Tuesday, August 13, 2019

Rome

August 13, 2019 Peace and Good, We have begun our regular definitory meetings here in Rome. We met yesterday, and will meet again today and tomorrow. Then a number of the definitors have to be off on the road again. I will be staying here in Rome until the end of the month. Then, a long series of trips will begin. It has been hot, hot, hot here in Rome. August has to be the worst month of the year to visit Rome, but the city is packed with tourists. I went to lunch with a couple of friars on Saturday, by foot, and I thought I would get heat stroke. For the first time in my life, I bought a Panama hat. I usually don't wear any type of hat. The government is chaotic, and it seems as if it is ready to fall. The push is from Salviati, a minister from the right who is against immigration. I can really understand a bit of it for the country is much more populated than our own, and there are many, many migrants coming in from all over. But the speeches of the right sound a bit too fascist for my taste. I have finished some reading: All the Shah’s Men by Stephen Kinzer This is the story of how the British and American governments conspired to overthrow the legitimately elected Prime Minister of Iran during the 1950’s. He was accused of being a friend of the Communists. His real crime was that he was a nationalist who took over the oil production in the country previously owned by the British. It is true that some of the reaction was due to a panic lest the Soviet Union get a foothold in this terribly important petroleum rich country. The book leaves one feeling ashamed for what we sometimes did to other peoples for our own purposes. The People from Here: the History and Legacy of the Washoe by Charles River Editors This is a short history of the Washaw people in the Northwestern part of the country. Unlike most other tribes, they were never that organized. Part of this was their choice, and it was partly due to the depredations of other tribes which had adopted horse warfare (for the Washaw never really used the horse). They were a simple, peace-loving people. The latter part of the book deals with their difficulties in being recognized as an authentic tribe by our government. Liar Temptress Soldier Spy: Four Women Undercover in the Civil War by Karen Abbott This is an amalgam of stories about certain women who worked as spies during the Civil War, two Confederates and two Union. The two Confederates acted as spies against the union forces, crossing the no man land between the two armies to present their information to the Confederate army. One of the union spies was a woman who dressed like a man to serve in the army. The other was a spy in Richmond who obtained information through a slave she sent to work in the house of Jefferson Davies, and she also shielded union soldiers who has escaped from prison. Niels Bohr: the Life and Legacy of the Influential Atomic Scientist by Charles River Editors This is a short biography of the famous nuclear scientist from Denmark who was part of the team that developed the idea of the atom that we now use and who worked for the production of the atom bomb. He later fought the use of the bomb. The story is not spectacular, but it is interesting. Bloodwork by Michael Connelly This is a detective story of an FBI agent who retired for health reasons. He needs a heart transplant which he received. The sister of the heart donor asks him to investigate the murder of her sister. As he does this, he discovers a series of murders of people having the same blood type, which happens to be his as well. This brings on the accusation that he himself had killed the sister to obtain her heart. The story has a number of interesting twists and turns. Pacific by Simon Winchester This is almost an anthology of unconnected stories and issues concerning areas in and around the Pacific Ocean. Winchester is a very good author, and he presents an abundance of information. The topics treated include the situation in North Korea, the loss of the coral reefs, the situation in Australia, a Hawaiian attempt to reproduce a voyage made in a traditional method of the Polynesians, etc. Have a good week. Shalom fr. Jude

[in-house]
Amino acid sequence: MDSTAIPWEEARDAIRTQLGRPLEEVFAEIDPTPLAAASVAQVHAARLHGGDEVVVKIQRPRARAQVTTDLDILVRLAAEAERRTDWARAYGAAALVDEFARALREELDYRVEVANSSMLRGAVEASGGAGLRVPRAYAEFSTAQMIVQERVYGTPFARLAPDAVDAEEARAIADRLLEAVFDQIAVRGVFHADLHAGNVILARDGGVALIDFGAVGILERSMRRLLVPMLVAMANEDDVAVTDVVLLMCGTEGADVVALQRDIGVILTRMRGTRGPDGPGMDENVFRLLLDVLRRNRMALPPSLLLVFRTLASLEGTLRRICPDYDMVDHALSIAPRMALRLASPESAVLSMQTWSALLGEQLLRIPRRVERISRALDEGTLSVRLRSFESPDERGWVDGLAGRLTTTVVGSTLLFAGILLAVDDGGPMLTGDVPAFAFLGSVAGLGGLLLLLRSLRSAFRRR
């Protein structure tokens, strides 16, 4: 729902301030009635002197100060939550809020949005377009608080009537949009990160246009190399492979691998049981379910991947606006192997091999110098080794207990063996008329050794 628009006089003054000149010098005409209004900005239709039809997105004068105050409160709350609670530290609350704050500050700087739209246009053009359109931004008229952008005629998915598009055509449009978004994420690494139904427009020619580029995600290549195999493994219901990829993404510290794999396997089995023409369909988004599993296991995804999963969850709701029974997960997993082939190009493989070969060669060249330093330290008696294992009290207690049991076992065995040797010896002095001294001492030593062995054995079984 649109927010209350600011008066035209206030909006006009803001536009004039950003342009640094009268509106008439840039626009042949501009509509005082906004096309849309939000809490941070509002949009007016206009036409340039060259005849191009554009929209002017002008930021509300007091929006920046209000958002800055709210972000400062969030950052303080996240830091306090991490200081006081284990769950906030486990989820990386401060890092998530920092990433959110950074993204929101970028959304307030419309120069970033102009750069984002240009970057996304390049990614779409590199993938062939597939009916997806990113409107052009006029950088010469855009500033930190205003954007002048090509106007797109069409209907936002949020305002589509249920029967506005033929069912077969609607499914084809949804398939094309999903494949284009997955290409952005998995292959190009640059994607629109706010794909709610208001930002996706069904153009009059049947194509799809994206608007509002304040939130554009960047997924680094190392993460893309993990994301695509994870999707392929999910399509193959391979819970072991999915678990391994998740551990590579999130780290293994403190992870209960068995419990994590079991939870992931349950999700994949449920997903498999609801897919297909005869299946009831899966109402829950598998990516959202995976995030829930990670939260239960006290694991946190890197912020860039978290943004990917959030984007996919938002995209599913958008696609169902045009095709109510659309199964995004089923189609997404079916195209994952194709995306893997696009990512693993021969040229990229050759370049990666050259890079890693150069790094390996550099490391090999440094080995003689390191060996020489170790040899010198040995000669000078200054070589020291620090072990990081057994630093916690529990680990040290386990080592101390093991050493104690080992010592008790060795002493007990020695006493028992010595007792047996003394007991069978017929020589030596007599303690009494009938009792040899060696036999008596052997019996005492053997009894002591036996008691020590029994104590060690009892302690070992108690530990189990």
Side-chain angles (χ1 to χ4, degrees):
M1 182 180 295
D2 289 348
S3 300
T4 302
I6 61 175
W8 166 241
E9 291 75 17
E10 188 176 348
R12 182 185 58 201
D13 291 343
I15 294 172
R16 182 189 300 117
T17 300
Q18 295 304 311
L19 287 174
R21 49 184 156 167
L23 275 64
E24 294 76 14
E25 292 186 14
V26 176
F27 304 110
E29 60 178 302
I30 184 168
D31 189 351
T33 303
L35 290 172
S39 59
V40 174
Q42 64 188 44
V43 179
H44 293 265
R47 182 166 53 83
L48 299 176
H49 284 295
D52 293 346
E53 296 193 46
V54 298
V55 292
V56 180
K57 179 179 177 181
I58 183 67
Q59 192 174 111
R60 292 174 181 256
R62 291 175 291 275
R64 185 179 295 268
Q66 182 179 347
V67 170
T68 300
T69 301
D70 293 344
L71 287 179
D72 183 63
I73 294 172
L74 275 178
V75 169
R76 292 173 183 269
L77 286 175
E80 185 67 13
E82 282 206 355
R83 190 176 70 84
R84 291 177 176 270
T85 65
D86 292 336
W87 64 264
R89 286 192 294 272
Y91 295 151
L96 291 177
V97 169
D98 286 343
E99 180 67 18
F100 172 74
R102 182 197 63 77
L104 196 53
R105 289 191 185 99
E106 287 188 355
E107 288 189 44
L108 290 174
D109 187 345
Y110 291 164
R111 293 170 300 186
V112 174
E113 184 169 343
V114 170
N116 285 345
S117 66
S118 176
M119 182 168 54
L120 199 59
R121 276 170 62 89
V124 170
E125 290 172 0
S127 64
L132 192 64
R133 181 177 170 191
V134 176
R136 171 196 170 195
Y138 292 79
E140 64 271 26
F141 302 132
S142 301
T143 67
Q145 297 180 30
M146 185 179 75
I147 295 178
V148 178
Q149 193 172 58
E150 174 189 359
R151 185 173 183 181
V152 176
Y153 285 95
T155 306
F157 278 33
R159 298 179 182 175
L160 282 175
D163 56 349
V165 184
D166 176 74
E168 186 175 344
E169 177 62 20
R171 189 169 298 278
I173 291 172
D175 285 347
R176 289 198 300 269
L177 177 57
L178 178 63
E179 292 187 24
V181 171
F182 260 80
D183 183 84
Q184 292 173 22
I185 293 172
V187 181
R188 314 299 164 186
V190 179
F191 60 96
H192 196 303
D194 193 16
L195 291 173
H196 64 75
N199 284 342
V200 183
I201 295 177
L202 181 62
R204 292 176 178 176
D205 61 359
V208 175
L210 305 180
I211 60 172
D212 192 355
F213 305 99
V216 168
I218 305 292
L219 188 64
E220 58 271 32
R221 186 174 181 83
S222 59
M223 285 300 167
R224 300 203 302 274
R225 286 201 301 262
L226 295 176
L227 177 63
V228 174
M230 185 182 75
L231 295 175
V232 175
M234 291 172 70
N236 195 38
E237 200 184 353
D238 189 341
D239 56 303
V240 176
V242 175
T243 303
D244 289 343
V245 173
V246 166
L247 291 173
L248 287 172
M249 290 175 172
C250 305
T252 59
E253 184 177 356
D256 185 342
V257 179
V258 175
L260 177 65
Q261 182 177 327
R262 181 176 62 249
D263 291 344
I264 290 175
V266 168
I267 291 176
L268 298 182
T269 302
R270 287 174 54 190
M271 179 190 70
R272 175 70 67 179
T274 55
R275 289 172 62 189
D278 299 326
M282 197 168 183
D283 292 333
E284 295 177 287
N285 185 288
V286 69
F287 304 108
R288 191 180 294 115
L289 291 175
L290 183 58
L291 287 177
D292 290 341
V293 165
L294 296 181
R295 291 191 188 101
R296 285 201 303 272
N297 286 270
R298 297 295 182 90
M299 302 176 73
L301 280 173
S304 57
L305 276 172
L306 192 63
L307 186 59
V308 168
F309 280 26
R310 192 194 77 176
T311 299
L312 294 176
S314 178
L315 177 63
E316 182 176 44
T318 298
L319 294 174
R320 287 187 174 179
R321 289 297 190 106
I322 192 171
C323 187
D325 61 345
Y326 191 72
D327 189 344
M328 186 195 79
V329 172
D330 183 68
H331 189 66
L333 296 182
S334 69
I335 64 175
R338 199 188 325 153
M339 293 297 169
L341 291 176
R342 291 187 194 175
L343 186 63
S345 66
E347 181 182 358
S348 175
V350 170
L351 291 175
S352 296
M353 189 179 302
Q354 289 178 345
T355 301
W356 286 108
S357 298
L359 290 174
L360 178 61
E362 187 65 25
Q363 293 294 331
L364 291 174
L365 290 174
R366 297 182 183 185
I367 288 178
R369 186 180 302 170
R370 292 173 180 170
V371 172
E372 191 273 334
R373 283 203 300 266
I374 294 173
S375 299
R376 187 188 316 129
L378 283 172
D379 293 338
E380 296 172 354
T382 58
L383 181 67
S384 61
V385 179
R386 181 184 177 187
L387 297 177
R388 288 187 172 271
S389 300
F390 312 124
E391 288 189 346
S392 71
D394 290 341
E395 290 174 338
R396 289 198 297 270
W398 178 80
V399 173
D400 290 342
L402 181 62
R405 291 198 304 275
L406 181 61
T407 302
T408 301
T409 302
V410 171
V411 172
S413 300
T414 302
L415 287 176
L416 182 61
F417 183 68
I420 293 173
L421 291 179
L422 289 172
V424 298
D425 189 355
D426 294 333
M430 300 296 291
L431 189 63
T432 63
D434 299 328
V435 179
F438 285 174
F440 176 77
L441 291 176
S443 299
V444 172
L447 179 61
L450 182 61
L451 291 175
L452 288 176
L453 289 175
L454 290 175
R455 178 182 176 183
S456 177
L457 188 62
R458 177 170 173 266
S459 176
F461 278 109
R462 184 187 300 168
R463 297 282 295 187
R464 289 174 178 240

Friday, August 2, 2019

Ellicott City, MD - Rome